Mike Norris (baseball)
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March 19, 1955 |
San Francisco, California
|April 10, 1975, for the Oakland Athletics|
|Last MLB appearance|
|July 4, 1990, for the Oakland Athletics|
|Earned run average||3.89|
|Career highlights and awards|
He attended Balboa High School in San Francisco and was drafted by the Oakland A's in the first round (24th overall) In January 1973. He made his major league debut in 1975.
Norris is best remembered for his spectacular 1980 season. He went 22-9 with 24 complete games and a 2.53 earned run average, while also earning the Gold Glove Award. However, he was not awarded the American League Cy Young Award; Steve Stone of the Baltimore Orioles, who had a record of 25-7, was given the honor. Norris also placed 15th in the MVP voting.
In 1981, Norris posted a modest 12-9 record, again earning the Gold Glove Award and also earning an All-Star berth he was denied in 1980. Norris spun a complete game shutout in the first round of the playoffs against the Kansas City Royals and pitched well in the AL Championship Series against the New York Yankees despite getting hit with a loss there.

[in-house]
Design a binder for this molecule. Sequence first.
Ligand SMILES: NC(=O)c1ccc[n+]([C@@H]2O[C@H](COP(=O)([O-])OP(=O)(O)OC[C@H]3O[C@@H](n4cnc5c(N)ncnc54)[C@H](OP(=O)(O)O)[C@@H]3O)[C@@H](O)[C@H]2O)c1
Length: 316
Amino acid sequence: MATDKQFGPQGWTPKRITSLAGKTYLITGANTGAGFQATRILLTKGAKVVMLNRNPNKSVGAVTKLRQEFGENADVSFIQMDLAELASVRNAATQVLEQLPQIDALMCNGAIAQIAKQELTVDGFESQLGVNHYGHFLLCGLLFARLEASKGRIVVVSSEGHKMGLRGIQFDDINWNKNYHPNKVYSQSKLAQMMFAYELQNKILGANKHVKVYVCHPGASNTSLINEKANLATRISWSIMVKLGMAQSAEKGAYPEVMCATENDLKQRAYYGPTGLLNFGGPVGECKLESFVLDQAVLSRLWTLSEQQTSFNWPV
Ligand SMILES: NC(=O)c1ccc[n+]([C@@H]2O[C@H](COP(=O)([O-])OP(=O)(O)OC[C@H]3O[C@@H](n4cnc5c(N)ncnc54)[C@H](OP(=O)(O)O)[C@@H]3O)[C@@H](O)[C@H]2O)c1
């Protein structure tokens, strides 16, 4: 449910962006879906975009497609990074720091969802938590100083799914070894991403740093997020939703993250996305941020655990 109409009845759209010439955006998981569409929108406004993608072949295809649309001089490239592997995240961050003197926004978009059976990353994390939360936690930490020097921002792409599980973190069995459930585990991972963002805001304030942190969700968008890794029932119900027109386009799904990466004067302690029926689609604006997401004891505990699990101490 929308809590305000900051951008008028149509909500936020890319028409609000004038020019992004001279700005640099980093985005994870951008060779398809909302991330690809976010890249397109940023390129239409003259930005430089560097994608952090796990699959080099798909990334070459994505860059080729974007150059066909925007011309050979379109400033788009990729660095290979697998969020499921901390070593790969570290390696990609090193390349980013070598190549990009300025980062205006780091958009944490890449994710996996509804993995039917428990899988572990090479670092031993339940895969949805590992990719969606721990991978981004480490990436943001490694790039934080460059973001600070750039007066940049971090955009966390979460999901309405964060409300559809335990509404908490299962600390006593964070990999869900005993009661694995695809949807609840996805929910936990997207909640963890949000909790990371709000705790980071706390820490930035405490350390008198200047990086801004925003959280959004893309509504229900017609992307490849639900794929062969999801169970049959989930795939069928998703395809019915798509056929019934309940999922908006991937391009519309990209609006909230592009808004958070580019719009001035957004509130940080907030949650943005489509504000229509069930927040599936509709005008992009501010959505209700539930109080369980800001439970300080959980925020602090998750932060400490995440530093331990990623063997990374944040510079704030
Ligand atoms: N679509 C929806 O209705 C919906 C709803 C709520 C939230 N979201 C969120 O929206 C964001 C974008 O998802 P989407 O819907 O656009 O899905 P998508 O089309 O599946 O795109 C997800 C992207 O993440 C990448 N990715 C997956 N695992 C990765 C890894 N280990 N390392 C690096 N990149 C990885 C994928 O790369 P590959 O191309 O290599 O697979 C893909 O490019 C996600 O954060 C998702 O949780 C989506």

Many believe[who?] that Billy Martin inflicted a heavy workload on Norris, which threw out his arm. He was never able to return to his former stature, and after the 1983 season, he played for the independent San Jose Bees. He made a brief comeback as a relief pitcher in 1990, posting an ERA of 3.00 in 27 innings. He is the only player to win at least one game with Oakland in three different decades.
An addiction to cocaine shortened Norris's playing career. In 1999 he was diagnosed with cervical myelopathy, and he had surgery in January 2000 at the California Pacific Medical Center. After recovering, Norris took up golf as a hobby. In 2007, he appeared with Dave Stewart, Mudcat Grant, and Vida Blue in a pre-game ceremony before a regular season game between the Texas Rangers and the Oakland Athletics.
Norris was well known for his distinctive green fielding glove.
- "Pitcher wants help from baseball to work out drug problem". The Oregonian. February 16, 1985. p. E5.
- Pass it on -- Norris wants to keep Aces' legacy alive